I found Simone Veil’s autobiography Une Vie while buying groceries in the Super-U. In France, culture and quality can be found everywhere, a characteristic that I adore in that country. It is a breathtaking book about a life that started in an ordinary, middle-class way and got heavily interrupted by the Second World War, went through the Nazi death camps and then on to government positions at the highest level of France and Europe. Compared to the intensity of that life, the book is short (343 pages Livre de Poche). There are many chapters where the reader would like to know more because her experiences are unique and give insights one rarely gets.
Simone Veil was a Holocaust survivor and she was also a major player in France’s after-war period. Une Vie tells a lot about the things she did, but her influence went much further than that because of who she was, a woman with clear principles that she followed in any function she would fulfill: ‘le sens de la justice, le respect de l’homme, la vigilance face à l’evolution de la société‘ (p. 262).
She says she liked politics but not the political game and indeed in her book the description of such games are rarely found. It is about the goals Simone Veil was going for and about what she achieved. The reader can only wonder how she did that. The same goes for all the positions she got – it seems to be just the natural flow of her life and it would be so interesting to learn more how she got there. The political part of Une Vie shows little relations or emotions; if I may criticize Une Vie, the only point by the way: this is not about living a (political) life, it is too factually descriptive for that (though very interesting).
Anyway I highly recommend this book that was translated in many languages; (just) some parts of the book that I found breathtaking:

* the description of the Holocaust, an inside story. ‘l’enfer‘ (p.53-89)

* the question whether governments should have stayed or left their countries during the Second World War. France hat the Vichy-régime that collaborated with the Nazis. Simone Veil always thought that was wrong, until she met Queen Beatrix of the Netherlands who told her how heavily her mother Queen Wilhelmina was criticized for leaving to Canada and thus ‘abandonning her people’. ‘aucun événement historique, aucun choix politique des gouvernants, surtout dans des périodes aussi troubles, n’entraîne des conséquences uniformément blanches ou noires‘. (p.46)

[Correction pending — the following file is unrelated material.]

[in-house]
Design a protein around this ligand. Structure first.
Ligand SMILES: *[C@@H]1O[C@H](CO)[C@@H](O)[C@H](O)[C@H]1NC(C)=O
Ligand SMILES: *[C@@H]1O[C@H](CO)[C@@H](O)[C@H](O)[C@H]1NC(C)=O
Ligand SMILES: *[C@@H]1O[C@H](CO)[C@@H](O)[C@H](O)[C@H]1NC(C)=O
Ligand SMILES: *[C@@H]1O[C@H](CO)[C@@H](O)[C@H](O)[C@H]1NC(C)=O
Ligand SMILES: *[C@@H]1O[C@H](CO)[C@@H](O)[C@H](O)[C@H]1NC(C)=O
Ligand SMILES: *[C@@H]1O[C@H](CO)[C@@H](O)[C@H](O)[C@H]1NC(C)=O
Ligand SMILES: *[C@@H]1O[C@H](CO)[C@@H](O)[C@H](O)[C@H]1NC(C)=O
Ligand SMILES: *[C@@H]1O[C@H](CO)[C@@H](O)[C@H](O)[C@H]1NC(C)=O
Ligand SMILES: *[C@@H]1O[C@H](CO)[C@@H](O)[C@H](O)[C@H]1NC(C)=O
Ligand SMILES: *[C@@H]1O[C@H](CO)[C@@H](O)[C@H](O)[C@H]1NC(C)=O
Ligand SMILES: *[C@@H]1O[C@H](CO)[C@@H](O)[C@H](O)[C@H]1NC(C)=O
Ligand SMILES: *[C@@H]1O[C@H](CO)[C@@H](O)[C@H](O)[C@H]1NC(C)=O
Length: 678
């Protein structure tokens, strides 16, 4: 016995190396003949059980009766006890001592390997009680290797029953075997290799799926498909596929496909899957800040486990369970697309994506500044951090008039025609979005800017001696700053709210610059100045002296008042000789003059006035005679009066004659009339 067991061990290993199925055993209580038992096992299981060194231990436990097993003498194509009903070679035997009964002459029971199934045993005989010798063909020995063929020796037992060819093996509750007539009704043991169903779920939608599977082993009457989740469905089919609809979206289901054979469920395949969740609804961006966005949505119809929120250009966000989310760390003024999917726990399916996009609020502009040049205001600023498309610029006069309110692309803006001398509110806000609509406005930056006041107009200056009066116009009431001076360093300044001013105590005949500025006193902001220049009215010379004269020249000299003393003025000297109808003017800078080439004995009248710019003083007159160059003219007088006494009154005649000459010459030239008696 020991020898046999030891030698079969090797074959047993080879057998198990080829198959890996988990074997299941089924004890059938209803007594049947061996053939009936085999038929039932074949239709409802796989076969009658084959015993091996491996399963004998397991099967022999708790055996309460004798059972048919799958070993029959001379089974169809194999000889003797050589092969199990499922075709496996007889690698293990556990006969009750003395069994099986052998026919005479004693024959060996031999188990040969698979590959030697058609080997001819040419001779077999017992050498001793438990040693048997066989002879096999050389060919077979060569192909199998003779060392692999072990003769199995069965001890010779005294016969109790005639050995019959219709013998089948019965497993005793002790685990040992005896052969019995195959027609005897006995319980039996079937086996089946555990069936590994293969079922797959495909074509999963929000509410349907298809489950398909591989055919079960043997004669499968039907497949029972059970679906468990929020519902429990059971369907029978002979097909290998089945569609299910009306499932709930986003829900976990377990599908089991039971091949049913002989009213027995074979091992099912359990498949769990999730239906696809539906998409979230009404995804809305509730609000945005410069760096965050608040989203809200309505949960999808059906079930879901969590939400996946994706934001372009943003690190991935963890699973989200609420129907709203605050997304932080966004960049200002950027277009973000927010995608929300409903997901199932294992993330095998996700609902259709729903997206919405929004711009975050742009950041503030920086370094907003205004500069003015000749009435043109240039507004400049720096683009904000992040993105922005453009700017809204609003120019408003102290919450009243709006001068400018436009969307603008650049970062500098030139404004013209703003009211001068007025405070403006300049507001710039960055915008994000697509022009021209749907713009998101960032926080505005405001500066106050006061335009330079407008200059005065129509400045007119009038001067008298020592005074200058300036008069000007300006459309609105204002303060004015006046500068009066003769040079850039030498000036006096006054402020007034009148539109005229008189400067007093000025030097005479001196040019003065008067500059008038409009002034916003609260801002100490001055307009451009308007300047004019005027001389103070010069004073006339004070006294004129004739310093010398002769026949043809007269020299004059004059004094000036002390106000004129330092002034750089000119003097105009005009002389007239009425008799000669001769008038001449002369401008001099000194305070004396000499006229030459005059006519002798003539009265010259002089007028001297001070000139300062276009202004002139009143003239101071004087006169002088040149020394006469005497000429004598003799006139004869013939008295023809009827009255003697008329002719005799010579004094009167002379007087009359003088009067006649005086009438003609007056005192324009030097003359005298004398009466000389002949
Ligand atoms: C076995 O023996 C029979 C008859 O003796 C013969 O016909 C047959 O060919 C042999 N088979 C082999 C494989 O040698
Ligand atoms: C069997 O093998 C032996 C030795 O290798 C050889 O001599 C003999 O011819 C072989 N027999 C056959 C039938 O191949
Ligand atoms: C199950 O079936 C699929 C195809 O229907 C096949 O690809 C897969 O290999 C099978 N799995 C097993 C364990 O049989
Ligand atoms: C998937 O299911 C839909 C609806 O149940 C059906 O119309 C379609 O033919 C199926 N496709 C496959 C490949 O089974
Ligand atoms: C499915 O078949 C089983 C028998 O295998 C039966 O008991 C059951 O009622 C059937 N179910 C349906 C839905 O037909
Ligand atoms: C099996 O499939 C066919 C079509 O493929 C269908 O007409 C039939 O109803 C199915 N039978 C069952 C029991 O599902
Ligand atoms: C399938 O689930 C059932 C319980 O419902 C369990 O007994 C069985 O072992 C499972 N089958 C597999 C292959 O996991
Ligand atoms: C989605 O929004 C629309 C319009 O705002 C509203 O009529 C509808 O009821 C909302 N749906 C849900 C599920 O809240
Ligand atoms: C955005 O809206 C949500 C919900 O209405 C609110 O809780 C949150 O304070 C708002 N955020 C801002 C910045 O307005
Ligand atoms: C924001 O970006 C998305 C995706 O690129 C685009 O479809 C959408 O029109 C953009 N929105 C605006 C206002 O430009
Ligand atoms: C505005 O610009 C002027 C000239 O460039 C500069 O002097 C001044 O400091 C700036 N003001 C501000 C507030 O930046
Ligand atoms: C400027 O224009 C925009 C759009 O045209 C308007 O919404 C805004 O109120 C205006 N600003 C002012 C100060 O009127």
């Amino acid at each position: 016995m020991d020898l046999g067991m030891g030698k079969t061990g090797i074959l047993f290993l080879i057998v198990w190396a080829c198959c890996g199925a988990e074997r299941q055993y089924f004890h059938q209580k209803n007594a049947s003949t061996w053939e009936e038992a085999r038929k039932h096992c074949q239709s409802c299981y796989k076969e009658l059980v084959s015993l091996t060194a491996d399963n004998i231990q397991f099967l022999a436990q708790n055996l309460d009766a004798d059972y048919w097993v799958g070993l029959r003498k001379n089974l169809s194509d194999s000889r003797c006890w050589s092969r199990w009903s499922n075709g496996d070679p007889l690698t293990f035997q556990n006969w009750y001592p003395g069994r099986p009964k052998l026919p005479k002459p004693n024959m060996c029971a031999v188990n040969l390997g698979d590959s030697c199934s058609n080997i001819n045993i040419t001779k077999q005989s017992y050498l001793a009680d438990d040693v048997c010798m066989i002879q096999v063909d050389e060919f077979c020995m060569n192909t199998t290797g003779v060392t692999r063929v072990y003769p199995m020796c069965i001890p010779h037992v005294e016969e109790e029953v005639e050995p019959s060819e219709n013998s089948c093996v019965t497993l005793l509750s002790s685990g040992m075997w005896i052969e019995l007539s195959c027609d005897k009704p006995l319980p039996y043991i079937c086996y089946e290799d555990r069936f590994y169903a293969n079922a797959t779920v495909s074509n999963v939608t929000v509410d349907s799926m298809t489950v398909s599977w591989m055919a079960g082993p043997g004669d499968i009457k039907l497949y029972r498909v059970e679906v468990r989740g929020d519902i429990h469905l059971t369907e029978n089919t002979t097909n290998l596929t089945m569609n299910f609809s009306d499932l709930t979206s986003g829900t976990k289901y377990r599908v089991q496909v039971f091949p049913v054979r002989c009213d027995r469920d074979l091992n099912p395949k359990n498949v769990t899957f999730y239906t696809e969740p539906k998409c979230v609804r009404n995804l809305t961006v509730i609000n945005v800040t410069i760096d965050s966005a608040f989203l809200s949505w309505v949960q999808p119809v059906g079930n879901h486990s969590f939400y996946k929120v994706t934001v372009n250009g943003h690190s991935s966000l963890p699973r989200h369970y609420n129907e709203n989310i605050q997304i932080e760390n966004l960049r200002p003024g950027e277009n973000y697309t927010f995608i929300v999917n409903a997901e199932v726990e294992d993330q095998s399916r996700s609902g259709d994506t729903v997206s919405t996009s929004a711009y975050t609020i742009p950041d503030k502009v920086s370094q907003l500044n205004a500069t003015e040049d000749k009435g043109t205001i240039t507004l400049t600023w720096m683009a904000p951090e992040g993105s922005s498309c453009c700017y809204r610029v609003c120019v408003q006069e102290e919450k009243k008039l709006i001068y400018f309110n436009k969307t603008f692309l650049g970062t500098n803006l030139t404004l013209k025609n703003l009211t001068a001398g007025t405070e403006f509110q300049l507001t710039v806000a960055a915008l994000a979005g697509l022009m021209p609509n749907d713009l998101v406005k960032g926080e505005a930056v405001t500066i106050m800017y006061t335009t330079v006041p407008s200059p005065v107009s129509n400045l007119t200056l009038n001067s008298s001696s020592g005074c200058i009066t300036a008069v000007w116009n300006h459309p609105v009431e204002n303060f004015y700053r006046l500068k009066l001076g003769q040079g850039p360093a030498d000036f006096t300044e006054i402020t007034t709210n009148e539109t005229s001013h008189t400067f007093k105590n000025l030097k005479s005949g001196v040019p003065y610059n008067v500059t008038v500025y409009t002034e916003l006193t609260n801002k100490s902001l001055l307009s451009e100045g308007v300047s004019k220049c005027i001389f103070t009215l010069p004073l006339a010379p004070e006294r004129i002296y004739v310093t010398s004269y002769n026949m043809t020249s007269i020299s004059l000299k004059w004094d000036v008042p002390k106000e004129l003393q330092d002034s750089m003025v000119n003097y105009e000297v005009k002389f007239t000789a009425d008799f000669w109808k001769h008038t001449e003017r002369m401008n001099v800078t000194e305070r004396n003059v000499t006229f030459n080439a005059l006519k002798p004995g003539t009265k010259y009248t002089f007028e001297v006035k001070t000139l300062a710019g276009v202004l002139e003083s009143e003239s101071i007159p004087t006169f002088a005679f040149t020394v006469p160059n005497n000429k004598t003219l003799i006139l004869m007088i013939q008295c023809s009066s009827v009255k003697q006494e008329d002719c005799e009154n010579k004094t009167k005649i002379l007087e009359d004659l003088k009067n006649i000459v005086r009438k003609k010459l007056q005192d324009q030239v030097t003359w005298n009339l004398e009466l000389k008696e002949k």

* the letters she got when she fought as Minister of Health for the first Law on Abortion in 1975. The verbal abuse was so terrible that her staff destroyed some letters. Simone Veil regrets that because these letters are witnesses of a history of reform and should have formed study material by now to remember that changes come with pain. ‘il faut rappeler aux esprits angéliques que les réformes de société s’effectuent toujours dans la douleur‘. (p.165)

* in the beginning of her European period she expected that in twenty years countries would go beyond their national frame. She found out that it doesn’t work like that and that everybody looks for their roots. Thus nowadays she compares the EU more to the aggregate of Russian matrushka puppets than a monolithic building. (p. 190)

* her ideas about human rights that she supported all her life; how militant activists rarely bring peace and rather increase human rights violations because their approach is too one-sided; that there are no universal human rights when it comes to business and other modus vivendi. ‘Au fond, ce sont toujours aux faibles que l’on fait la morale, tandis qu’on finit par blanchir les puissants‘. (p.194)

* Simone Veil concludes that she has become more and more a fighter for women’s rights because equal chances for women are not naturally based in laws or in the rules of the game. ‘Les chances, pour les femmes, procèdent trop du hasard‘. (p.258)

Links:
https://www.theguardian.com/world/2018/jun/30/simone-veil-funeral-paris-pantheon
http://www.theheroinecollective.com/simone-veil/
https://www.editions-stock.fr/livres/essais-documents/une-vie-9782234058170
https://www.trouw.nl/cultuur/simone-veil-succesvol-omdat-ze-een-vrouw-is~abb3e42e/

Other blogs you might like:
Mikve Israel-Immanuel synagogue: religious pearl in orange-loving Willemstad
‘Why are people like this?’ Boualem Sansal
Perceptions of power